Getting carbon fiber cost down
4M Carbon Fiber Corp. says its objective is to demonstrate that standard modulus carbon fiber can be made from textile grade PAN precursor using significantly less energy and in less than half the processing time, thus cutting carbon fiber manufacturing cost by about 50%. Plasma oxidation is the key.
Plasma oxidation is playing a role in achieving low-cost carbon fiber from textile grade PAN precursor. Photo source: ORNL
If you’re reading this, you’ve probably seen the recent CW news story about 4M Carbon Fiber Corp. (Knoxville, TN, US) and its continuing efforts to produce standard modulus carbon fiber from textile grade PAN (polyacrylonitrile) precursor, in partnership with Oak Ridge National Laboratory (ORNL, Knoxville, TN, US), RMX Technologies, LLC (Knoxville, TN, US) and the University of Tennessee (here’s the link to the CW news story: https://www.compositesworld.com/news/4m-oak-ridge-national-lab-and-rmx-technologies-to-manufacture-low-cost-carbon-fiber-from-textile-pan-).
The project got its start back in 2004, according to the Department of Energy’s Office of Energy Efficiency and Renewable Energy (EERE, Washington, DC, US) “Success Story” about plasma oxidation (here’s that link: https://www.energy.gov/eere/articles/eere-success-story-plasma-oxidation-carbon-fiber-precursor ). RMX worked with ORNL to develop a plasma oxidation process to replace thermal ovens to oxidize or stabilize the PAN precursor, says the EERE story.
It’s well known that roughly half of the cost of producing carbon fiber is represented by the PAN precursor or starting material; the remaining half of the cost is in the conversion process from PAN to carbon fiber, says 4M Carbon Fiber Corp. Plasma oxidation technology has been demonstrated by numerous international carbon fiber makers to be much faster and use significantly less energy while making a better fiber.
EERE explains that conventional thermal ovens require a lot of energy and use molecular oxygen in the air to oxidize the PAN; this process is energy-inefficient and expensive, representing 18% of carbon fiber’s overall manufacturing cost, and takes as much as 120 minutes to complete.
RMX has developed, in partnership with ORNL, the process and hardware that generates a highly reactive gas from the air that reacts with PAN much faster than molecular oxygen, reducing processing time to less than 30 minutes and using 75% less energy. In addition, plasma oxidation ovens are one-third the length of thermal ovens with the same throughput, which could enable smaller production facilities. The EERE story says that plasma oxidation has the potential to significantly reduce the cost of carbon fiber manufacturing.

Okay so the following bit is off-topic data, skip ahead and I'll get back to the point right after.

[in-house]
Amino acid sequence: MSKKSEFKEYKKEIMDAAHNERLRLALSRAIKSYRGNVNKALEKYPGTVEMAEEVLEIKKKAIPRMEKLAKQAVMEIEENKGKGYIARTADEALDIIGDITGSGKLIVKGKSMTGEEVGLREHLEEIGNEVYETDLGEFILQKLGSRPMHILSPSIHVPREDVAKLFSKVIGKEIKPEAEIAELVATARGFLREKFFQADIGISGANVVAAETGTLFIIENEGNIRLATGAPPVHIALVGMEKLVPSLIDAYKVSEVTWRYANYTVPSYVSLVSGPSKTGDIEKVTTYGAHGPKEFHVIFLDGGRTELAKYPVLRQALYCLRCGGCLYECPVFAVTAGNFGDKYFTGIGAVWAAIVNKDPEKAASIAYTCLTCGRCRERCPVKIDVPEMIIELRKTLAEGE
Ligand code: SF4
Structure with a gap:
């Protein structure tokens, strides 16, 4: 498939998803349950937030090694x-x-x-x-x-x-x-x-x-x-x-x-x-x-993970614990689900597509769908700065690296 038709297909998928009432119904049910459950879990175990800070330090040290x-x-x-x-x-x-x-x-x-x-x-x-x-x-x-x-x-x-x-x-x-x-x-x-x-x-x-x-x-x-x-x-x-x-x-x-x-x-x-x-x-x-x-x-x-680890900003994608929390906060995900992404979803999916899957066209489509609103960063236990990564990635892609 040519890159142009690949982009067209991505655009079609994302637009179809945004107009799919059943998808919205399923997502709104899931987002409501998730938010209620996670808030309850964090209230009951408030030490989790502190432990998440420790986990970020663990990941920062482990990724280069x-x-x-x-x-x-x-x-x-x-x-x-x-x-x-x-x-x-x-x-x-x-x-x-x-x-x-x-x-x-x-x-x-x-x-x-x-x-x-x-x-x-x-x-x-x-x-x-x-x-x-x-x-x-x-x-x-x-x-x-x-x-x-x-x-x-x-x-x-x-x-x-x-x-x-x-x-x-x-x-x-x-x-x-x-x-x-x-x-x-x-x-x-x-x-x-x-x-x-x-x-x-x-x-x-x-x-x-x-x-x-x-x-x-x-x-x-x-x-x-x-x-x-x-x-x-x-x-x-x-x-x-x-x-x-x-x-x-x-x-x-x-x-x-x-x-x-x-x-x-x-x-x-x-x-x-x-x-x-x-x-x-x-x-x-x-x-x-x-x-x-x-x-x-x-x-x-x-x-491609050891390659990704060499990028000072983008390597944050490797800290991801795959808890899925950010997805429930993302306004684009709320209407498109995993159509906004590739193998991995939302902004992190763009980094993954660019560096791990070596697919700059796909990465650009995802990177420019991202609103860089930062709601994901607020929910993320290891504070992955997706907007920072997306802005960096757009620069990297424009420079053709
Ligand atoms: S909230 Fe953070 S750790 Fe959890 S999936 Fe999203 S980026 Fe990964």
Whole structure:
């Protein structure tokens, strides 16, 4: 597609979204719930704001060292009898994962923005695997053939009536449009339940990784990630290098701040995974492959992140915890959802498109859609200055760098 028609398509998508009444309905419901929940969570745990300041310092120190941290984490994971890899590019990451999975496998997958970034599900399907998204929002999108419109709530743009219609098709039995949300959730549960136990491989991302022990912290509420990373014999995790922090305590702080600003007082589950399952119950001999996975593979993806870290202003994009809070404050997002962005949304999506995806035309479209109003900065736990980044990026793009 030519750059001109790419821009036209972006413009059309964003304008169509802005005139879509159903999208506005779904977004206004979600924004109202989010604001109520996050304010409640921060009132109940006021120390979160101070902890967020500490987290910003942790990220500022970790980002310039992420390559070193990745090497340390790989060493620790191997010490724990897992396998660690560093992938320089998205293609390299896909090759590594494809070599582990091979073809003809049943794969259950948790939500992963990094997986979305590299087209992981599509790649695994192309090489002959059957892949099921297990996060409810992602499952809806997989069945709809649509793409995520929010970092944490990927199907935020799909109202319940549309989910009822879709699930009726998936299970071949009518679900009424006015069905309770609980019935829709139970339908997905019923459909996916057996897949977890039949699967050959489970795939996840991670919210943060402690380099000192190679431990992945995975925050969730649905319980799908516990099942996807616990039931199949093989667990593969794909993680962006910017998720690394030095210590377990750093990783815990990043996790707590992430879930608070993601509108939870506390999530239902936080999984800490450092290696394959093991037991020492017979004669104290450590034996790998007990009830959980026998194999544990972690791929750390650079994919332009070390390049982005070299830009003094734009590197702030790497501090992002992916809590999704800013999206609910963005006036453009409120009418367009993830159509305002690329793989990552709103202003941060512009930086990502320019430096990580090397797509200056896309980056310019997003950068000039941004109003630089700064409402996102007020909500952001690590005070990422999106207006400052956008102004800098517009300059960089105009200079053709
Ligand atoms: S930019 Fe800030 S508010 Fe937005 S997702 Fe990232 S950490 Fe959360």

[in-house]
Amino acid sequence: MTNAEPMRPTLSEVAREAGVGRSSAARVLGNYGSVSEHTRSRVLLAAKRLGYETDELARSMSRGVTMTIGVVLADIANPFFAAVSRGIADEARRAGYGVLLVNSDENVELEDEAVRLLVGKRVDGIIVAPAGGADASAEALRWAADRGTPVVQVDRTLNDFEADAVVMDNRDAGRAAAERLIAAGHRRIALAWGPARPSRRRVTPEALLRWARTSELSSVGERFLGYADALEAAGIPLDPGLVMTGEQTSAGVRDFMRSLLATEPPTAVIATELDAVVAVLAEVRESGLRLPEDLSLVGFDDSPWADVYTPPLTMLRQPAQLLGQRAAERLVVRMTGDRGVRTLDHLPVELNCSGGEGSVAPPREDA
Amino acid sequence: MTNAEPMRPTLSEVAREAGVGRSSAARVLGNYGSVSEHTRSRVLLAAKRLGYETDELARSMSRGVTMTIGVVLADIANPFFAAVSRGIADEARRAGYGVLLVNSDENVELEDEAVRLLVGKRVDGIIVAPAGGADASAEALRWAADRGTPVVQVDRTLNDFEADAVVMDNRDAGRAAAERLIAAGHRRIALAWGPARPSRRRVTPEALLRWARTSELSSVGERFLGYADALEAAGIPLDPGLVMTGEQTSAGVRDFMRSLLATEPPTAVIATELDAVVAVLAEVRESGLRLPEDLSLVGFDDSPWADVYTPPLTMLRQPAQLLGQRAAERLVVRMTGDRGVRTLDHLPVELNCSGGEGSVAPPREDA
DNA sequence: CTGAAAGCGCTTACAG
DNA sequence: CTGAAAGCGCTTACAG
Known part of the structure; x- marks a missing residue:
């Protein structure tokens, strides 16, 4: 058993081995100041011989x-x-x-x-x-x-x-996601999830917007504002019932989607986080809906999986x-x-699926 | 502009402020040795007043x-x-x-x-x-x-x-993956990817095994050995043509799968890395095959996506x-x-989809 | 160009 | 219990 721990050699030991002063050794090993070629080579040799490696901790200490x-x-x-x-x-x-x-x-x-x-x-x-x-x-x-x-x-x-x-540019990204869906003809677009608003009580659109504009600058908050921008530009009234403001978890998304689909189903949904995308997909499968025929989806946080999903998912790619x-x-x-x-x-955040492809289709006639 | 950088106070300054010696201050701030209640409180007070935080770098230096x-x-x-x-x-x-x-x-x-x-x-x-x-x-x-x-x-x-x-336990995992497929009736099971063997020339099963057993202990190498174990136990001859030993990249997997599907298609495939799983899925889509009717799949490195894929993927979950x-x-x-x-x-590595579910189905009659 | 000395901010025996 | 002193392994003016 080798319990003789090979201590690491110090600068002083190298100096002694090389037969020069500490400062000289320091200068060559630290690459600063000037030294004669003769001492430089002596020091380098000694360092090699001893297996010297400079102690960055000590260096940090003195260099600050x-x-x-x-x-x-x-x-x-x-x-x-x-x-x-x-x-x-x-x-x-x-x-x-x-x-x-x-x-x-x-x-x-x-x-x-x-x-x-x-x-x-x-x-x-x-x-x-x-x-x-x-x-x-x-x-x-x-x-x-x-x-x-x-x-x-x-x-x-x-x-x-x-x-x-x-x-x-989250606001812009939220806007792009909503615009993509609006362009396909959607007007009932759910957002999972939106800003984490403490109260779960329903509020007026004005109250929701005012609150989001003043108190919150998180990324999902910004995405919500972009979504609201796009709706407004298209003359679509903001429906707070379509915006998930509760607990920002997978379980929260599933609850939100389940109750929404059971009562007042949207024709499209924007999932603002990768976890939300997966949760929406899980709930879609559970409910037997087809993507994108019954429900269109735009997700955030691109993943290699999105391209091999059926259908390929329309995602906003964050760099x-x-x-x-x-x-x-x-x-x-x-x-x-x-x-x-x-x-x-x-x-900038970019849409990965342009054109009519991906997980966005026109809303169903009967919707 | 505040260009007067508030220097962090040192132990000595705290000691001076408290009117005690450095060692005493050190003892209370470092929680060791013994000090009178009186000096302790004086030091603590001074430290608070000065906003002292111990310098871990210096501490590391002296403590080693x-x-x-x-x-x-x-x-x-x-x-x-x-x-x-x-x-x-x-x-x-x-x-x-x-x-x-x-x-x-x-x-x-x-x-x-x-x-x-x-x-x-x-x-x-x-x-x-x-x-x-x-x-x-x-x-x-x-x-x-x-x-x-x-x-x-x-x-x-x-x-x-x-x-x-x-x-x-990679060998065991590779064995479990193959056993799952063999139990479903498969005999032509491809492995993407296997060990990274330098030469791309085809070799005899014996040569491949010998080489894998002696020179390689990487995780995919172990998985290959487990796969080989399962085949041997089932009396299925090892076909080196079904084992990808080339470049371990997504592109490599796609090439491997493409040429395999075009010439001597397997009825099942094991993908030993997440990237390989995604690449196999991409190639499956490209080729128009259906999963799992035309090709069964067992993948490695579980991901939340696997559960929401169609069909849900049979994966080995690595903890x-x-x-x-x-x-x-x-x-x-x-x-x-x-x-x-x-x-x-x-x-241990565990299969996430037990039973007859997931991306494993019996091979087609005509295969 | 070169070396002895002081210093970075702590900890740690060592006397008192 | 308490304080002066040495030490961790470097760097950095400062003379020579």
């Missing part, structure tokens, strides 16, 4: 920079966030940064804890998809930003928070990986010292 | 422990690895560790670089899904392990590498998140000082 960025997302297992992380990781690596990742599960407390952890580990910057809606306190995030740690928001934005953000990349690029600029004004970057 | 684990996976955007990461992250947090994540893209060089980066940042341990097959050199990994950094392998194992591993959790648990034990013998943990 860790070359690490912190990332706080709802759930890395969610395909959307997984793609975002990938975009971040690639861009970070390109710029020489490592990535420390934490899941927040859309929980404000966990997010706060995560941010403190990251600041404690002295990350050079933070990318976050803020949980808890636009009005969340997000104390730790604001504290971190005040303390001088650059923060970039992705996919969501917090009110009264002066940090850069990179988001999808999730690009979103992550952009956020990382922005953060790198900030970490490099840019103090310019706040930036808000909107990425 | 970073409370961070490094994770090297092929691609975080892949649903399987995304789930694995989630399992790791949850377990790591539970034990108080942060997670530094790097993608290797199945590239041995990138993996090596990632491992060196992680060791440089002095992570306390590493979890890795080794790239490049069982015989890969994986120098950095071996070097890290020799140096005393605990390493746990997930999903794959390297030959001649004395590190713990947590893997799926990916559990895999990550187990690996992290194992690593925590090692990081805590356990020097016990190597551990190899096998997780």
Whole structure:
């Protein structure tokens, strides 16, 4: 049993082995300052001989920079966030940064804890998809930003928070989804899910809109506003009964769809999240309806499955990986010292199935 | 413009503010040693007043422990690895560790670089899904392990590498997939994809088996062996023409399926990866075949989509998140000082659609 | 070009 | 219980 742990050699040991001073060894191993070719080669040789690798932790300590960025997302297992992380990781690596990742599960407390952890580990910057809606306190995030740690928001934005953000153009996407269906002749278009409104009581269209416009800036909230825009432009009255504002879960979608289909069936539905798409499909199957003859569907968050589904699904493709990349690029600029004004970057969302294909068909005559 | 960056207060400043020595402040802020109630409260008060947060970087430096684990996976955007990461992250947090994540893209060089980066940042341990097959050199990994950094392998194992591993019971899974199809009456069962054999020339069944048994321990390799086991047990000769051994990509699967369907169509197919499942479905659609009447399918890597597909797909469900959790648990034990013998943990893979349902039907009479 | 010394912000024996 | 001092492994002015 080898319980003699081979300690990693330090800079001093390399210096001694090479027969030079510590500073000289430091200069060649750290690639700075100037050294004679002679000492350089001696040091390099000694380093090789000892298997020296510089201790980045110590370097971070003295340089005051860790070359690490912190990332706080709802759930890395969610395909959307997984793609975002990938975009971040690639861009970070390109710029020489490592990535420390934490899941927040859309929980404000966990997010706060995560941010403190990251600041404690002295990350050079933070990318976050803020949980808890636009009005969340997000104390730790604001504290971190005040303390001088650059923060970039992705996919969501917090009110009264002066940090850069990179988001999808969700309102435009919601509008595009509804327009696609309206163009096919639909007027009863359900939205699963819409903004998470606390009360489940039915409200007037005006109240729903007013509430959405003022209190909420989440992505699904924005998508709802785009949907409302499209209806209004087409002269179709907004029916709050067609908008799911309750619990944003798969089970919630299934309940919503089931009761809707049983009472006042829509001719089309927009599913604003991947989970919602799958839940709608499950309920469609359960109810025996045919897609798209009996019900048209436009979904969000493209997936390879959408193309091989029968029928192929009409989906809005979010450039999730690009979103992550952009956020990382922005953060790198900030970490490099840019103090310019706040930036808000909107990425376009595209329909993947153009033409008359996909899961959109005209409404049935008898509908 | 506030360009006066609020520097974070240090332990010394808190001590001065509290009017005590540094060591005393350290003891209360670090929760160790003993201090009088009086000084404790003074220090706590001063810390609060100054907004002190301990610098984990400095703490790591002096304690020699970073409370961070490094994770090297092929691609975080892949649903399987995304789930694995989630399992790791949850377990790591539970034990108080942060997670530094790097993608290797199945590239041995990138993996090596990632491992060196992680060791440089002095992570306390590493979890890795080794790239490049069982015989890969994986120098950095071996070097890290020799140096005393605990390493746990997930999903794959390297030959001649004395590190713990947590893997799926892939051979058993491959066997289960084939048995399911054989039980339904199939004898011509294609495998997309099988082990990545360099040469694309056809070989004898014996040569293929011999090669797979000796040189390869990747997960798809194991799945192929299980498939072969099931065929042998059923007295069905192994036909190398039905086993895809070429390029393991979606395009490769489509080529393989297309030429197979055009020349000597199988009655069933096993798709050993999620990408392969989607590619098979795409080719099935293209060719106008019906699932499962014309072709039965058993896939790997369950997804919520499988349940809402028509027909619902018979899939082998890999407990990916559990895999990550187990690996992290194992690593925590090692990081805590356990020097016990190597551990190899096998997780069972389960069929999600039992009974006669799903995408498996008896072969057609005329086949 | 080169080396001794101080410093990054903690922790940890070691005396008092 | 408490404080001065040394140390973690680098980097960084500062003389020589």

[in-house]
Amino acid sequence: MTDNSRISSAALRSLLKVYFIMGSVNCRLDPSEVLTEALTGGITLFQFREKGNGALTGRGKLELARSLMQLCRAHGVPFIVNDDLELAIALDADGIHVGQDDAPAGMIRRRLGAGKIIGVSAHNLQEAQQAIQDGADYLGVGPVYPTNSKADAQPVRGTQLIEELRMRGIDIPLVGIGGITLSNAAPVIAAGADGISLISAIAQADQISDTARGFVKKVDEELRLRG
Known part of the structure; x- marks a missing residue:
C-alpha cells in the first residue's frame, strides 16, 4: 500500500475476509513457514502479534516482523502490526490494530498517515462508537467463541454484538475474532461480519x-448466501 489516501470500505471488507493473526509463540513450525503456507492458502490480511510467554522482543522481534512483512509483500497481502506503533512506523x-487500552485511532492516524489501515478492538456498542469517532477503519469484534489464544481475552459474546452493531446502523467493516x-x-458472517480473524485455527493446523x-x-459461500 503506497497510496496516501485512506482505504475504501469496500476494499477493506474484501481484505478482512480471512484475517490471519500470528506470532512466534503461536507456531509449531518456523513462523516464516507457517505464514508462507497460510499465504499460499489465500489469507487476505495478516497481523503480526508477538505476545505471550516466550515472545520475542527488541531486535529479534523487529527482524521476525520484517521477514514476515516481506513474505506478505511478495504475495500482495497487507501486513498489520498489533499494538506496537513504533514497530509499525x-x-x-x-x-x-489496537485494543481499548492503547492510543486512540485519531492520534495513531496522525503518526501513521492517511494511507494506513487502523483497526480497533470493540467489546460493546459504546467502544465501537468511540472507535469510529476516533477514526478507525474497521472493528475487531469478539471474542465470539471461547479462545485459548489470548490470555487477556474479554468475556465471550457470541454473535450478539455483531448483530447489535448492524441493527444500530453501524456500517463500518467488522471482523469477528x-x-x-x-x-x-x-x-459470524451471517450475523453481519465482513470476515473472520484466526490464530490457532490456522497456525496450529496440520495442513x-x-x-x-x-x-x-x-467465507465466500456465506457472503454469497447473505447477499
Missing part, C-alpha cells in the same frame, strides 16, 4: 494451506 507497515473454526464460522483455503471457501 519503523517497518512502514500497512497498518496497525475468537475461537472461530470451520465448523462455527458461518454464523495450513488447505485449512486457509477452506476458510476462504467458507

I was there in 2015 at the CW Carbon Fiber conference, held in Knoxville, TN, when RMX first presented this information, and announced the formation of 4M Industrial Oxidation to commercialize the process. At that time, C.A. Litzler (Cleveland, OH, US), a well-known maker of oxidation and carbonization equipment for carbon fiber, announced that it would offer plasma oxidation ovens to the market. The firms also announced their collaboration with Dralon GmbH, an acrylic fiber producer, to bring low-cost industrial carbon fiber to market.
4M Carbon Fiber Corp., the new name for 4M Industrial Oxidation, says its objective is to demonstrate that standard modulus carbon fiber can be made from textile grade PAN precursor using significantly less energy and in less than half the processing time, thus cutting carbon fiber manufacturing cost by about 50%. Litzler is working with RMX on development of the plasma oxidation equipment and says that its plasma process cuts the oxidation time by a factor of 2.5 to 3 times, to 25 to 35 minutes. Produced fiber has equal or better mechanical properties, compared to conventional equipment, says Litzler. Rodney G. Grubb, RMX board member and President of RMX’s subsidiary 4M Carbon Fiber Technologies has said that 4M has been working with Litzler for a year to develop the design and that progress is being made in scaling the plasma technology from pilot scale to production scale.
Combining the benefits of this technology with the low cost of textile fiber has the potential to cut carbon fiber manufacturing expense in half, says 4M Carbon Fiber Technologies. This would make carbon fiber more available for automotive lightweighting and open up more markets for carbon fiber that have been heretofor constrained by the high manufacturing cost.
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